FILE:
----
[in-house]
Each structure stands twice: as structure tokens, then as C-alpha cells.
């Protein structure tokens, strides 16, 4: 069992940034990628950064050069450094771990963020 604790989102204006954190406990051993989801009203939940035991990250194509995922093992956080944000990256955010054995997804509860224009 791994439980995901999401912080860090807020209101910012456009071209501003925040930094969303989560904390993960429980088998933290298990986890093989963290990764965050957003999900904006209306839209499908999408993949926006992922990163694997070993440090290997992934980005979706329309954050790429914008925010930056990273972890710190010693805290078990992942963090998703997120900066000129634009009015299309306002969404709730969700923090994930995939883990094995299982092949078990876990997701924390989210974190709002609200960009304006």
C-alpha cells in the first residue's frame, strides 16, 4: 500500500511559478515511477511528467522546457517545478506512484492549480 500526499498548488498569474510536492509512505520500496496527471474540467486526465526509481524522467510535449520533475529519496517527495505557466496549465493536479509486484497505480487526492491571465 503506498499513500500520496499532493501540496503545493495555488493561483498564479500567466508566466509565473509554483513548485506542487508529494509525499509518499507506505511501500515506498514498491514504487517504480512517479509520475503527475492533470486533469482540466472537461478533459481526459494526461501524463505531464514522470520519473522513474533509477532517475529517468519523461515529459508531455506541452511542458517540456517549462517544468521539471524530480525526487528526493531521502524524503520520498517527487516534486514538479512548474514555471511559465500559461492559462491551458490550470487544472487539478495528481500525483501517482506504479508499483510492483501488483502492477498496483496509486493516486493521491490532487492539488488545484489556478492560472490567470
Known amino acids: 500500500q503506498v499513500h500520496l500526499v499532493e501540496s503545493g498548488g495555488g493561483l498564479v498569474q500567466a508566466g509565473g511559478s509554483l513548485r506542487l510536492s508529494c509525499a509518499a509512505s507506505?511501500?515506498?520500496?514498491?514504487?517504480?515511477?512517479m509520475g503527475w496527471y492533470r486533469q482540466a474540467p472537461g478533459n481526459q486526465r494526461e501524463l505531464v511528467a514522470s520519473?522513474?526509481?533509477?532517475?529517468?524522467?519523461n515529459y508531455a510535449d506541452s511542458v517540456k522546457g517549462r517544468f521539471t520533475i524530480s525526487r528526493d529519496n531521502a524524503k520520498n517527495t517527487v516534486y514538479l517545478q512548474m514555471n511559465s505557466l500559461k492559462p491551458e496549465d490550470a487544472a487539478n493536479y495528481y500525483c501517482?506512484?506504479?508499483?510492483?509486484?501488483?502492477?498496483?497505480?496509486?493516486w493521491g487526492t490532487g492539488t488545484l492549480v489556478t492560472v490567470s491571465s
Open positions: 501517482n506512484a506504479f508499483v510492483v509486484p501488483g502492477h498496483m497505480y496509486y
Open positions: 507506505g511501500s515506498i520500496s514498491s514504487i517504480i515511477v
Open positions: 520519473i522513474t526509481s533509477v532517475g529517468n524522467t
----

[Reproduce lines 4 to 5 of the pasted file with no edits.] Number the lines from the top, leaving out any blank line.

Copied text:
C-alpha cells in the first residue's frame, strides 16, 4: 500500500511559478515511477511528467522546457517545478506512484492549480 500526499498548488498569474510536492509512505520500496496527471474540467486526465526509481524522467510535449520533475529519496517527495505557466496549465493536479509486484497505480487526492491571465 503506498499513500500520496499532493501540496503545493495555488493561483498564479500567466508566466509565473509554483513548485506542487508529494509525499509518499507506505511501500515506498514498491514504487517504480512517479509520475503527475492533470486533469482540466472537461478533459481526459494526461501524463505531464514522470520519473522513474533509477532517475529517468519523461515529459508531455506541452511542458517540456517549462517544468521539471524530480525526487528526493531521502524524503520520498517527487516534486514538479512548474514555471511559465500559461492559462491551458490550470487544472487539478495528481500525483501517482506504479508499483510492483501488483502492477498496483496509486493516486493521491490532487492539488488545484489556478492560472490567470
Known amino acids: 500500500q503506498v499513500h500520496l500526499v499532493e501540496s503545493g498548488g495555488g493561483l498564479v498569474q500567466a508566466g509565473g511559478s509554483l513548485r506542487l510536492s508529494c509525499a509518499a509512505s507506505?511501500?515506498?520500496?514498491?514504487?517504480?515511477?512517479m509520475g503527475w496527471y492533470r486533469q482540466a474540467p472537461g478533459n481526459q486526465r494526461e501524463l505531464v511528467a514522470s520519473?522513474?526509481?533509477?532517475?529517468?524522467?519523461n515529459y508531455a510535449d506541452s511542458v517540456k522546457g517549462r517544468f521539471t520533475i524530480s525526487r528526493d529519496n531521502a524524503k520520498n517527495t517527487v516534486y514538479l517545478q512548474m514555471n511559465s505557466l500559461k492559462p491551458e496549465d490550470a487544472a487539478n493536479y495528481y500525483c501517482?506512484?506504479?508499483?510492483?509486484?501488483?502492477?498496483?497505480?496509486?493516486w493521491g487526492t490532487g492539488t488545484l492549480v489556478t492560472v490567470s491571465s